Review Round-up: Phantogram’s New “Nightlife” Racks Up Raves

Phantogram (photo by Sebastien Barre)

Phantogram (photo by Sebastien Barre)

Phantogram’s new “mini-album” “Nightlife” was officially unleashed by Barsuk Records on Tuesday, and the reviews are pouring in. The blogosphere is all a’buzz about the new music from Saratoga’s own Sarah Barthel and Josh Carter, so we thought we’d share a short round-up of excerpts from the recent round of reviews:

PITCHFORK: “…music refreshingly disinterested in pulling punches… Phantogram sounds more like a bonafide rock band and less like the flimsy pop act they could’ve dissolved into.”

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PLANET ILL: “Phantogram evokes a dark sexiness that few other bands can muster. ‘Nightlife’ is not always perfect, but it is always provocative and strangely beautiful. The pair makes you embrace that angst that you thought you left in high school and give it life with a shroud of heavy synth and breathy vocals.”

SLANT MAGAZINE: “‘Don’t Move’ is just that good, and it finds the band synthesizing all of their strengths into a four-minute electro masterpiece, teasing listeners with a clipping, jazzy sample throughout before resolving powerfully in a final, hip-gyrating chorus.”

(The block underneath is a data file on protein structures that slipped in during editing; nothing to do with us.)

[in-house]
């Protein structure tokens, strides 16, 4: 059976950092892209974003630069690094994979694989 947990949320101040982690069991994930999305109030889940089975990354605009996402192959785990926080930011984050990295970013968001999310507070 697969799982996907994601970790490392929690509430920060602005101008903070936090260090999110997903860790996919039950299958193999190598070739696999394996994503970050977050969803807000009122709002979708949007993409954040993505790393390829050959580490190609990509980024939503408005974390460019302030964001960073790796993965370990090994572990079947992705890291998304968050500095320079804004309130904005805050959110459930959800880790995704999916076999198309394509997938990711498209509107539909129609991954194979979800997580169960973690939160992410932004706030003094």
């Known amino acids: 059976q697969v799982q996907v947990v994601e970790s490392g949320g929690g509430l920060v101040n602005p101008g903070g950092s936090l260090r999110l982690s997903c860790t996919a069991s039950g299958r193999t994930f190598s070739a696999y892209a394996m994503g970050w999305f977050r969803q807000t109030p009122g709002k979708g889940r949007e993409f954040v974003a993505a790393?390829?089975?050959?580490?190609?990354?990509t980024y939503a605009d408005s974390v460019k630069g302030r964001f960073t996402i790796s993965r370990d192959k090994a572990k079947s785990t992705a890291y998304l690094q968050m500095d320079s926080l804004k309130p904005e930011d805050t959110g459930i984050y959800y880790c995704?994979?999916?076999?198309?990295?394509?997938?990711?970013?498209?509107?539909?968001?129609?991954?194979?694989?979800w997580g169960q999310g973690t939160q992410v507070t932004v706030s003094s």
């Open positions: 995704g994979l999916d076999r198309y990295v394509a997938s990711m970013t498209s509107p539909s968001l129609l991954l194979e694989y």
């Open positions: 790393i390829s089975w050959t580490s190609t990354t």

THE OWL MAG: “I’ve never looked nor felt more awkward dancing in my chair than I did when Phantogram’s ‘Nightlife’ hit my ear drums… ‘Nightlife’ definitely comes from a darker place and brings a deeper sense of emotion to the table than its predecessor.”

SPIN MAGAZINE: “Lots of psych rock can be murky and meandering, just coasting along. But Phantogram drives straight through, with a clear purpose, no rest stops.”

PROJECT RHYTHM SEED: “‘Nightlife’ is an alluring collection of songs that hypnotize the listener in a sonic, rhythmic trip. The tracks are fresh, full of life and intrigue.”

CHUNKY GLASSES: “These beats are just waiting for the right opportunistic hip hopper to pick them up and make them into major chart-toppers. Seriously, when you hear Kanye or Lil Wayne spitting over the beat from ‘Don’t Move’ with Sarah Barthel’s ‘All you know how to do is shake, shake. Keep your body still,’ as the refrain, remember you read it on Chunky Glasses first.”

PASTE MAGAZINE: “…the type of danceable tracks Salvador Dali might craft if he traded his paintbrush for a drum machine and analog synthesizer.”

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